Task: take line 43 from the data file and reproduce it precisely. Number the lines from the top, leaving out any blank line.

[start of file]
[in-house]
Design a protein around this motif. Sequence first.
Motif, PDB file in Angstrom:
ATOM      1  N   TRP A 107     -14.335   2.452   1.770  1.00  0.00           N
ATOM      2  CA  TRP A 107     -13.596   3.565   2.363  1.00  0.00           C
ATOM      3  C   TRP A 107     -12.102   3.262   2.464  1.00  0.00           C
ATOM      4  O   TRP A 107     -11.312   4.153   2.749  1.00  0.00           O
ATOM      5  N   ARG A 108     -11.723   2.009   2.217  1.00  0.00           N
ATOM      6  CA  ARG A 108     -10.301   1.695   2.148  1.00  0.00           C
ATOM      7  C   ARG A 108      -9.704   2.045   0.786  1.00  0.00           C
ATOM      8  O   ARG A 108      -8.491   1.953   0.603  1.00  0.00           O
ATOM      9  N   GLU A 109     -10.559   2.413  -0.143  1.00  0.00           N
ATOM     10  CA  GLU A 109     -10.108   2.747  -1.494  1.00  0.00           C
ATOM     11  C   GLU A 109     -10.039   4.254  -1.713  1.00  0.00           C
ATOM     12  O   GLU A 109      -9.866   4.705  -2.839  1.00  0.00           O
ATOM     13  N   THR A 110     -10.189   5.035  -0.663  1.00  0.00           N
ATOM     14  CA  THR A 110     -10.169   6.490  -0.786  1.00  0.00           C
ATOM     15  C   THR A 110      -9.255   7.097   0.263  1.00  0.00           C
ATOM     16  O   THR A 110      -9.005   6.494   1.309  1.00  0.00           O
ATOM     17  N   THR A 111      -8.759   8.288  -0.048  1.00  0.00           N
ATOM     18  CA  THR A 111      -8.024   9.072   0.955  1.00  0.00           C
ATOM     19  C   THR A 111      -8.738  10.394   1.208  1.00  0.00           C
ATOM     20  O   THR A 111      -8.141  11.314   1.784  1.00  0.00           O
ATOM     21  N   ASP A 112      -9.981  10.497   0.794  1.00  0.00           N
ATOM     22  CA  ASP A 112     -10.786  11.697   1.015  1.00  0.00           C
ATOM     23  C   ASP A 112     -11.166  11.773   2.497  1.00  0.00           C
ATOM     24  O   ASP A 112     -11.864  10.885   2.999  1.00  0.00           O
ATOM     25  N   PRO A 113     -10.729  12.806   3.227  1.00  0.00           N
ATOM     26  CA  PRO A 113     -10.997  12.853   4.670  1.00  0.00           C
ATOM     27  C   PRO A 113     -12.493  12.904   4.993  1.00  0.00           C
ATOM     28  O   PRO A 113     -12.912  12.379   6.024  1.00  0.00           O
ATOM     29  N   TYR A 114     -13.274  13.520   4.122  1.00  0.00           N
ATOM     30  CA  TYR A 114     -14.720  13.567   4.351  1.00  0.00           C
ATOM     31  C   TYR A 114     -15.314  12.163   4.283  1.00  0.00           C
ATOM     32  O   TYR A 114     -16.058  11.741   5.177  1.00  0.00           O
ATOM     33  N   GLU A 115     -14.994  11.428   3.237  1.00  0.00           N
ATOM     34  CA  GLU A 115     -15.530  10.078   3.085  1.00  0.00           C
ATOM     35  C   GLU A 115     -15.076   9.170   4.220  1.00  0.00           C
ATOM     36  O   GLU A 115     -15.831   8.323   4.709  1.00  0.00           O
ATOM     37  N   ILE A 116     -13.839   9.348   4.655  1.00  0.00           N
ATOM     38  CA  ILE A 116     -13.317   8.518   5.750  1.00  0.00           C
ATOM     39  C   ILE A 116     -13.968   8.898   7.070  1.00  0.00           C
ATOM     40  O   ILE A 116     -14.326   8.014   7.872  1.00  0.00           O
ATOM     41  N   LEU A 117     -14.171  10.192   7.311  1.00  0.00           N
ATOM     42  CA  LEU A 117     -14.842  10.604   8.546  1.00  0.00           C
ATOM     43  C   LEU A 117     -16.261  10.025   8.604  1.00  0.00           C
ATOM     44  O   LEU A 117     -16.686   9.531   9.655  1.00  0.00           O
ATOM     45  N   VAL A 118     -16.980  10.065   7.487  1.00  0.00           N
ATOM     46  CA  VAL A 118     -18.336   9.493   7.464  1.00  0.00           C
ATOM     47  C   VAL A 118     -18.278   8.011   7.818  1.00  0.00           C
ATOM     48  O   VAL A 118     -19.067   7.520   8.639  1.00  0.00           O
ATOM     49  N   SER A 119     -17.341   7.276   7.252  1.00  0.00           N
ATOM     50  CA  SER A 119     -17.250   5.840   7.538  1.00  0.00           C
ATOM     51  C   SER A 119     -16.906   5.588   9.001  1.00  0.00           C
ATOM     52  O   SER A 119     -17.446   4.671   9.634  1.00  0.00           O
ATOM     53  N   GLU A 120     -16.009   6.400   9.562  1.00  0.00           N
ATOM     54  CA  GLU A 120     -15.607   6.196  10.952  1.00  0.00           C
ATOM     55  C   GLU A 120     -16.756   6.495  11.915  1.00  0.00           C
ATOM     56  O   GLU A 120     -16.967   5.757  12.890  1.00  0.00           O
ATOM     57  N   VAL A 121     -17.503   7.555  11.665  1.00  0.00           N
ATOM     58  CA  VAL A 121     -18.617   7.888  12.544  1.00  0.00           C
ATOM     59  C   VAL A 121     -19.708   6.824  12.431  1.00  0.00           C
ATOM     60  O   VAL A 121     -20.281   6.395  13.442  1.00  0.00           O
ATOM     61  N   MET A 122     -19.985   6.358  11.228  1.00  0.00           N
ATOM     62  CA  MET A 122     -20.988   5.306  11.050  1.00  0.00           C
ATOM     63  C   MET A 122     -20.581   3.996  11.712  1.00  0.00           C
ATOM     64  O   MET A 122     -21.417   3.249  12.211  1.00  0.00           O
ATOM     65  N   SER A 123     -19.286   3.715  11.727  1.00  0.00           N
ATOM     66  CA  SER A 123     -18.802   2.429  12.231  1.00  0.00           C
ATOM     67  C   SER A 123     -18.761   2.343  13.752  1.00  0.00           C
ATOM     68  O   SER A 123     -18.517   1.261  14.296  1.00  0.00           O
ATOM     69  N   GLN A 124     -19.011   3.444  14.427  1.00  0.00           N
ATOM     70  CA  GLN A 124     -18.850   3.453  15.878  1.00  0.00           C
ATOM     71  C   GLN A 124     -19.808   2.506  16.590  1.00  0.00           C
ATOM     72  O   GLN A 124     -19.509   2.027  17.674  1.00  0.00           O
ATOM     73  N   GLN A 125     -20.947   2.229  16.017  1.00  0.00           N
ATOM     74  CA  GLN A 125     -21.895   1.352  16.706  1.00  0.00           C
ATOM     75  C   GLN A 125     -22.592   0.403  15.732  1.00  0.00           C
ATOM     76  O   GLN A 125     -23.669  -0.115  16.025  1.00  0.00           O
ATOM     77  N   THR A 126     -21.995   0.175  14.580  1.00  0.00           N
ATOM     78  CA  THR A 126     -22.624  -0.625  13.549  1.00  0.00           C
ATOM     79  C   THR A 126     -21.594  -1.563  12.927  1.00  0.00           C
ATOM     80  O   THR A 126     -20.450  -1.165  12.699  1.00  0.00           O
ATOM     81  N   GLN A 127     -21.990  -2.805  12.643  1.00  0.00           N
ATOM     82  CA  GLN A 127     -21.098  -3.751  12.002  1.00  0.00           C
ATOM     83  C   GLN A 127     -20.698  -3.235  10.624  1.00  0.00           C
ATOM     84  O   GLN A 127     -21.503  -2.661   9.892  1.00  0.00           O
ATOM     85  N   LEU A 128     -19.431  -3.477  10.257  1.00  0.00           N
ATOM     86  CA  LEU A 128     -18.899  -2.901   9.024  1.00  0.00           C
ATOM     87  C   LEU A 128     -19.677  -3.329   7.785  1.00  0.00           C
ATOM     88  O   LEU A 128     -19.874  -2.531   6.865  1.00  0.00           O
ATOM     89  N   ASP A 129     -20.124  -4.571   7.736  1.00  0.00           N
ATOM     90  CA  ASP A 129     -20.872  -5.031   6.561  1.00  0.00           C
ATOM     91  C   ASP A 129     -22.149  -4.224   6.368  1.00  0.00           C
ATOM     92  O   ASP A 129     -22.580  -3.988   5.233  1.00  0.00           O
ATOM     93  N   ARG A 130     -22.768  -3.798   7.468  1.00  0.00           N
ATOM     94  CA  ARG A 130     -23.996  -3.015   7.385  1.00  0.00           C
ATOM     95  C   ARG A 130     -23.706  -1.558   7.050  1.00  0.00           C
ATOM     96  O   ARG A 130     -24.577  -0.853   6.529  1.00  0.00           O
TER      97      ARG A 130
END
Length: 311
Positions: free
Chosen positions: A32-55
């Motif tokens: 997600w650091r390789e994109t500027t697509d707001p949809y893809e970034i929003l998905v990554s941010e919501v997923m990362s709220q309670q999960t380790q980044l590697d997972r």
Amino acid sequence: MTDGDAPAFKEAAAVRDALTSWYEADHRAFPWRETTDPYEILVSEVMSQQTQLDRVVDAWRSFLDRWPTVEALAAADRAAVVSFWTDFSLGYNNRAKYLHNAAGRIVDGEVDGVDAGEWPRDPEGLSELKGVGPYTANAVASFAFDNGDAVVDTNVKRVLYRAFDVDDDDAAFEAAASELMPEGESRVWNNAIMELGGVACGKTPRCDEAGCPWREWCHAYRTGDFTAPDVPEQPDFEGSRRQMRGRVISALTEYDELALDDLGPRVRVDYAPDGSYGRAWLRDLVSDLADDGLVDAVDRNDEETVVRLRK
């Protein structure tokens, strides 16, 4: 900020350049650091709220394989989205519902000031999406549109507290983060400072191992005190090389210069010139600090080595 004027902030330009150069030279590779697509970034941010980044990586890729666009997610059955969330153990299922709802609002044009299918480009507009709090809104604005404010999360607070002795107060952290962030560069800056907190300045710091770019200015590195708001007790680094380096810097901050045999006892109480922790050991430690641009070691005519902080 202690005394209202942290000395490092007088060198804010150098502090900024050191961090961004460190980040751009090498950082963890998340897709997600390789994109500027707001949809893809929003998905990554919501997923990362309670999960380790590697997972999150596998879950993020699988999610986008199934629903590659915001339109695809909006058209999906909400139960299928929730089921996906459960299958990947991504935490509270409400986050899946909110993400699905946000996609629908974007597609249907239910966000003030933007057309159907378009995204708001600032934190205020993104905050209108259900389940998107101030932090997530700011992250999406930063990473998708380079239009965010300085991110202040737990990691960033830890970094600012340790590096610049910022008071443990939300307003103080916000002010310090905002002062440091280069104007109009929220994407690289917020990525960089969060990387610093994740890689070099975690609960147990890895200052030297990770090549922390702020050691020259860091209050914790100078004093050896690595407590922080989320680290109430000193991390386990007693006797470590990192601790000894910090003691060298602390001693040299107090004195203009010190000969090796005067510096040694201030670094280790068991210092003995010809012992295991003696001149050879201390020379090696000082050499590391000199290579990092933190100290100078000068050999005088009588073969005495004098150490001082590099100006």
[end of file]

ATOM     40  O   ILE A 116     -14.326   8.014   7.872  1.00  0.00           O